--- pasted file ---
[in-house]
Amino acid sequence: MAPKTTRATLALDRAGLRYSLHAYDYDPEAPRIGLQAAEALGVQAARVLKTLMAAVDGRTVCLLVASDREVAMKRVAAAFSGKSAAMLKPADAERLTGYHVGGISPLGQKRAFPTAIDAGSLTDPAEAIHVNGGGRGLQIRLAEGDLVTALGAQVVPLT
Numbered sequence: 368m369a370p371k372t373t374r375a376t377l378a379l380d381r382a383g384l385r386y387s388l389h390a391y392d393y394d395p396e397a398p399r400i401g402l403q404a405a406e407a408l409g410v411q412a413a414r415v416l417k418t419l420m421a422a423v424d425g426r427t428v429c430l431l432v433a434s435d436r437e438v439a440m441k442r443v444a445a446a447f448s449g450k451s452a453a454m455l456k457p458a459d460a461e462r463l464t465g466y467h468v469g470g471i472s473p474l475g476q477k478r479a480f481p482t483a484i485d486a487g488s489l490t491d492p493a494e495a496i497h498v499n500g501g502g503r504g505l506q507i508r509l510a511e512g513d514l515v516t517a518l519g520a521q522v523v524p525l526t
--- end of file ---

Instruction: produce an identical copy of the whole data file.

[in-house]
Amino acid sequence: MAPKTTRATLALDRAGLRYSLHAYDYDPEAPRIGLQAAEALGVQAARVLKTLMAAVDGRTVCLLVASDREVAMKRVAAAFSGKSAAMLKPADAERLTGYHVGGISPLGQKRAFPTAIDAGSLTDPAEAIHVNGGGRGLQIRLAEGDLVTALGAQVVPLT
Numbered sequence: 368m369a370p371k372t373t374r375a376t377l378a379l380d381r382a383g384l385r386y387s388l389h390a391y392d393y394d395p396e397a398p399r400i401g402l403q404a405a406e407a408l409g410v411q412a413a414r415v416l417k418t419l420m421a422a423v424d425g426r427t428v429c430l431l432v433a434s435d436r437e438v439a440m441k442r443v444a445a446a447f448s449g450k451s452a453a454m455l456k457p458a459d460a461e462r463l464t465g466y467h468v469g470g471i472s473p474l475g476q477k478r479a480f481p482t483a484i485d486a487g488s489l490t491d492p493a494e495a496i497h498v499n500g501g502g503r504g505l506q507i508r509l510a511e512g513d514l515v516t517a518l519g520a521q522v523v524p525l526t